Thanks for looking further into this. First of, yes it's eagle. And what's happening is: I get a 20kHz square wave from 0V to 5V from the AD9833. With that signal I drive one MCP1402. Then I take the same signal and put it through an inverter (74HC04) and drive the second MCP1402 with that. This way I get -5V and +5V (10V in total). In the simulation I only displayed one of the 0V to 5V waves (blue simulation wave) and then the resulting wave (red one, which is behind the blue one: -5V to +5V).

Yes I did the same calculations, that's why I am so confused.

Maybe it's of interest that I take the 5V rail (for the MCP's and the power for every component) from an arduino due which is capable of outputing up to 800mA according to their website.

If any other information is required please let me know
What did you get for the current in the RLC loop?
 

Thread Starter

8dm7bz

Joined Jul 21, 2020
133
Would I measure that with a 1 ohms resistor ?

I did another measurement with only one MCP1402 and an external power supply set to 10V on the input of the mosfet. The results are better (attachment). I wonder why. Also the wave has more positive voltage, why is that ?
 

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Thread Starter

8dm7bz

Joined Jul 21, 2020
133
I also experimented a bit more and found that I could get to about 33Vpp across the capacitor with one MCP1402 and the external power supply set to 10V with a frequency of 17kHz.
I guess that's the expected output. But not yet with bipolar drive :/
 
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Papabravo

Joined Feb 24, 2006
14,410
Would I measure that with a 1 ohms resistor ?

I did another measurement with only one MCP1402 and an external power supply set to 10V on the input of the mosfet. The results are better (attachment). I wonder why. Also the wave has more positive voltage, why is that ?
We don't want to introduce new components to a system that is already producing results we cannot account for. You measure that AC current, with an AC ammeter by breaking the loop and putting the ammeter in series with the 23 Ω resistor. The only thing to be aware of is what the ammeter is displaying for AC current. It could be peak or it could be RMS or even something else. To tell you the truth I've never had much experience with measuring AC current.
 

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8dm7bz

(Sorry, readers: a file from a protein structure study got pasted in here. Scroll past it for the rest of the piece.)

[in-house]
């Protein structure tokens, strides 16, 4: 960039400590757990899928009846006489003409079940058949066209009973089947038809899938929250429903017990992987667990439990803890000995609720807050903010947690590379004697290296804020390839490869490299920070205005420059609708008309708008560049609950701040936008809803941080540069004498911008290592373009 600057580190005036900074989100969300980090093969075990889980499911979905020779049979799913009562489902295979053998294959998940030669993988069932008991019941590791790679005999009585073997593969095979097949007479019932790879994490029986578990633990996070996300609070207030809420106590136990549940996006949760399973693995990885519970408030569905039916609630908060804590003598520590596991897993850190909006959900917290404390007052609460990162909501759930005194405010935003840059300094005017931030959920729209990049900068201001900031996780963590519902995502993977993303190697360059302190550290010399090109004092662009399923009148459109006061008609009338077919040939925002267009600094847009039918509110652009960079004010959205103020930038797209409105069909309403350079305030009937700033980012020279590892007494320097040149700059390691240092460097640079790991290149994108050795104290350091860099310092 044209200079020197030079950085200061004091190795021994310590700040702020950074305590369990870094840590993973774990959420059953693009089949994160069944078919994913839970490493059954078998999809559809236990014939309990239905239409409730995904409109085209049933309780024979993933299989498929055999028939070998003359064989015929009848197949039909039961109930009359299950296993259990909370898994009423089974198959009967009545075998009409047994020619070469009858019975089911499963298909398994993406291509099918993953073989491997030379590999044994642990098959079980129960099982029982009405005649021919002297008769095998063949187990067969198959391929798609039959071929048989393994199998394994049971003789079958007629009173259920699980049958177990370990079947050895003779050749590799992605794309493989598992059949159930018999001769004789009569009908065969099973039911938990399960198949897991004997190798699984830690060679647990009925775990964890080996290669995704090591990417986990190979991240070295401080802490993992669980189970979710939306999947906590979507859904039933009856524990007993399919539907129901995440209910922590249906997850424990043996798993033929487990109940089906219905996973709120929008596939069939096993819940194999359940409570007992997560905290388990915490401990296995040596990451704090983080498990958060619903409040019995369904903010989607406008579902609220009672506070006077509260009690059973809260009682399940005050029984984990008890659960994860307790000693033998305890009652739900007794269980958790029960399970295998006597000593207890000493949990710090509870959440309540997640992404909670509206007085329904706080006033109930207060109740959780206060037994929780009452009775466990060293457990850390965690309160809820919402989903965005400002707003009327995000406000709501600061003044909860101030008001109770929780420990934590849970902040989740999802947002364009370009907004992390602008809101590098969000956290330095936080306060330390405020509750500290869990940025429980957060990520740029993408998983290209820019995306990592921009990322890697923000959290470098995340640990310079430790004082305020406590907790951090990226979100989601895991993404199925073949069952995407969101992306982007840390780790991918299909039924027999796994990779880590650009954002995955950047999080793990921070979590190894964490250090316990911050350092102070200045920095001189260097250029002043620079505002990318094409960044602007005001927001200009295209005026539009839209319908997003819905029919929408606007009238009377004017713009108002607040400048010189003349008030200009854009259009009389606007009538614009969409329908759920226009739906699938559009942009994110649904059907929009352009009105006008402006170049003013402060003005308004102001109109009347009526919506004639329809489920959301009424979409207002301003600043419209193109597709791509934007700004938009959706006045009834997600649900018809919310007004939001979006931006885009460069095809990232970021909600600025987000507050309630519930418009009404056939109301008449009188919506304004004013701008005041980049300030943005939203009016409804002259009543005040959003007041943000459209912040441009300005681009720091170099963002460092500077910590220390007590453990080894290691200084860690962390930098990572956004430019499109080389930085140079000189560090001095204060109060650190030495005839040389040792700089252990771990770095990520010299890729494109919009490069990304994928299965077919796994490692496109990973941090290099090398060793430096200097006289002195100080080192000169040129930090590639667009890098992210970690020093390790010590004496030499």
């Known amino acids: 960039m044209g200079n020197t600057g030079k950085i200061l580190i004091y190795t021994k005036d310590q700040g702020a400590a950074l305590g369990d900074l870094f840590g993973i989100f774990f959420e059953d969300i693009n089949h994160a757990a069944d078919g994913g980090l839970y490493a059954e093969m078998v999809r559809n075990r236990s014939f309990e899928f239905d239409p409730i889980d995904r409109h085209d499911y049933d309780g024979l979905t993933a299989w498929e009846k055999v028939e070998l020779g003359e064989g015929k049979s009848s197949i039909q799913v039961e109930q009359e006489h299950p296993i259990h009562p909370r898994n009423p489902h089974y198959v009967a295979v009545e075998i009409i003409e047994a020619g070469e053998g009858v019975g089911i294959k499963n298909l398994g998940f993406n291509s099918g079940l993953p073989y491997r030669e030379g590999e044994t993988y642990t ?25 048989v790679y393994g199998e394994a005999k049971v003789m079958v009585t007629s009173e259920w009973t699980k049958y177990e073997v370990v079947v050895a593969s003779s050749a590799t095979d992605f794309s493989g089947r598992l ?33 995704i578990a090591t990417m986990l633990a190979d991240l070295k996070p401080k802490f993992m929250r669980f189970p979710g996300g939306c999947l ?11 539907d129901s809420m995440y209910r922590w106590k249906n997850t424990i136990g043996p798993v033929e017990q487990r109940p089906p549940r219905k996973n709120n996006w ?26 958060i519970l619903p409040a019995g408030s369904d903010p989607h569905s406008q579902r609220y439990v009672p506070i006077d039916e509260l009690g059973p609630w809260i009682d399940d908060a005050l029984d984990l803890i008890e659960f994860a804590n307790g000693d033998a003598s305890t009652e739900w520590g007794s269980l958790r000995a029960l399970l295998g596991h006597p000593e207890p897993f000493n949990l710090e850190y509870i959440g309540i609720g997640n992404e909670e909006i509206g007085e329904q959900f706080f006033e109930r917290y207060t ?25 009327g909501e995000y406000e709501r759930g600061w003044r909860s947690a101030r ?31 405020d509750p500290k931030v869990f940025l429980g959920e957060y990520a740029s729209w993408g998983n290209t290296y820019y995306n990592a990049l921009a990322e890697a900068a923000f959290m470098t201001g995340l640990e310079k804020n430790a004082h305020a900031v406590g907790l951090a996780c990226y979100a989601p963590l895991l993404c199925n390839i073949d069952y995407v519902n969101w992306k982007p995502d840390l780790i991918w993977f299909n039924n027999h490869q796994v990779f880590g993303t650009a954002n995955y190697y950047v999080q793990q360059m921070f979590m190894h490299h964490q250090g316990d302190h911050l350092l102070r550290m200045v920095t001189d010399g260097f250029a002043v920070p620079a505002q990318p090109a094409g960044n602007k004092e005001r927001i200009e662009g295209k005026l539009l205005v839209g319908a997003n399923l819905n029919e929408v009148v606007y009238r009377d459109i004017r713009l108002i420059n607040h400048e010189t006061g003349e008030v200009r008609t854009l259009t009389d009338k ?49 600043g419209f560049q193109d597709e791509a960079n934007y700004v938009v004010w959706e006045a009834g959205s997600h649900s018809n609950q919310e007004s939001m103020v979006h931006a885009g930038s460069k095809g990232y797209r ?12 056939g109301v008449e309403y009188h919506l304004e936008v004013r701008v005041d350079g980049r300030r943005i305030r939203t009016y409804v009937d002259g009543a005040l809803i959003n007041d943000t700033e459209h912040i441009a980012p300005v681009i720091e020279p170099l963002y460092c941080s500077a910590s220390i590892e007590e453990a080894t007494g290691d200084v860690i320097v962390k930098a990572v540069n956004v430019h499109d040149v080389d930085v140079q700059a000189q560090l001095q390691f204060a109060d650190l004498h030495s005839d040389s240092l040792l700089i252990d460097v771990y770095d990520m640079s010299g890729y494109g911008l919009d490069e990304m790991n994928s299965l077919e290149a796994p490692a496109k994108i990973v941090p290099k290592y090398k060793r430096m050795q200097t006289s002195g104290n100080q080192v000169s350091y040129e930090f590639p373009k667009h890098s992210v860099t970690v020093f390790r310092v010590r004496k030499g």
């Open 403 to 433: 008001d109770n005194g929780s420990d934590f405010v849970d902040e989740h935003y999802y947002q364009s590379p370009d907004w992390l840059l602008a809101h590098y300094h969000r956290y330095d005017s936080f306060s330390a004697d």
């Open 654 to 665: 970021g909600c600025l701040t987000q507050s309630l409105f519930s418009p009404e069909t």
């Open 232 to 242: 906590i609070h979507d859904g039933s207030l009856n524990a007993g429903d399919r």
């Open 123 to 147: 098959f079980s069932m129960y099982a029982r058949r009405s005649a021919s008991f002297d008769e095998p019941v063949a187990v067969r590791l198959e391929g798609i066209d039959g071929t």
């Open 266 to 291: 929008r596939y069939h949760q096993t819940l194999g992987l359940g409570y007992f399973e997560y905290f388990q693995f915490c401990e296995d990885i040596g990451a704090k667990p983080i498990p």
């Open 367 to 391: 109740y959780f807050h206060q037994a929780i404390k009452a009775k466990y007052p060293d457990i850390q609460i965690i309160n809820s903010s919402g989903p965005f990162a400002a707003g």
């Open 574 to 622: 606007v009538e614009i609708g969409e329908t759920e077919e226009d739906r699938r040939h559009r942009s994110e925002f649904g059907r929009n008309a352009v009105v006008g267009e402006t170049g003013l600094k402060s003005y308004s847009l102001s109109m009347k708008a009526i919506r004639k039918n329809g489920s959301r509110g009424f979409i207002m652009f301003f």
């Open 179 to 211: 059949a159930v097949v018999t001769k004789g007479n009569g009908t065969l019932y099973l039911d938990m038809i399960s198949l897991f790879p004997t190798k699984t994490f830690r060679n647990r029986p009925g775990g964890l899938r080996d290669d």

Joined Jul 21, 2020
133
I just thought about something. Could it be that the resistor value behaves weird because it may not be rated for high wattage ?
 

Thread Starter

8dm7bz

Joined Jul 21, 2020
133
Another thing I found which I find rather strange is that when I connect a small 100ohms resistor between the AD9833 output and ground, I get a 4Vpp square wave. Is that maybe related ?
 

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Papabravo

Joined Feb 24, 2006
14,410
I attached the waveform of the voltage across the resistor. I think that would result to around 30mA ?
I don't quite come up with the same result. 1.72 Vpp divided by 2 gives 860 mV peak. 860 mV divided by 23 gives 37.4 ma. 37.4 ma times 178 Ω gives 6.65 Volts
That number is in the ballpark of your original scope measurement and way far away from the value recorded in you simulation.
So we are no closer to understanding the discrepancy.

When you measure something on your scope, are you using the ground clip and the probe or are you measuring differentially WITH NO GROUND CLIPS?
Connecting the scope ground clip to your RLC circuit is going to really disturb things.

One more thing occurs to me that your driver chips are not very good approximations to a voltage source. You are not getting anything like the current I was expecting. Go back to your LTspice simulation and measure the current through the 23 Ohm resistor. It should be way more than 37 ma Peak.
 
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Thread Starter

8dm7bz

Joined Jul 21, 2020
133
Yes I use one single ended probe with a ground (the arduino I use as a power supply gets it's power from a power bank and is not connected to earth ground). I just read up on why that's not right. But can I do two single ended probe measurements and do math on those 2 signals to get it right ? If so, how would I connect it ? A differential probe is quite expensive for me.

And for the current, I get about 200mA thorugh the resistor in the simulation.
 

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Papabravo

Joined Feb 24, 2006
14,410
200 mA is consistent with the voltage waveform you are seeing in the simulation (35 Vpeak) with the RLC circuit being driven by two low-impedance voltage sources.
To make a differential measurement, you use two probes and have the scope tell you the difference between the voltages on the two probes. If you like you can connect the two ground clips together and leave them float.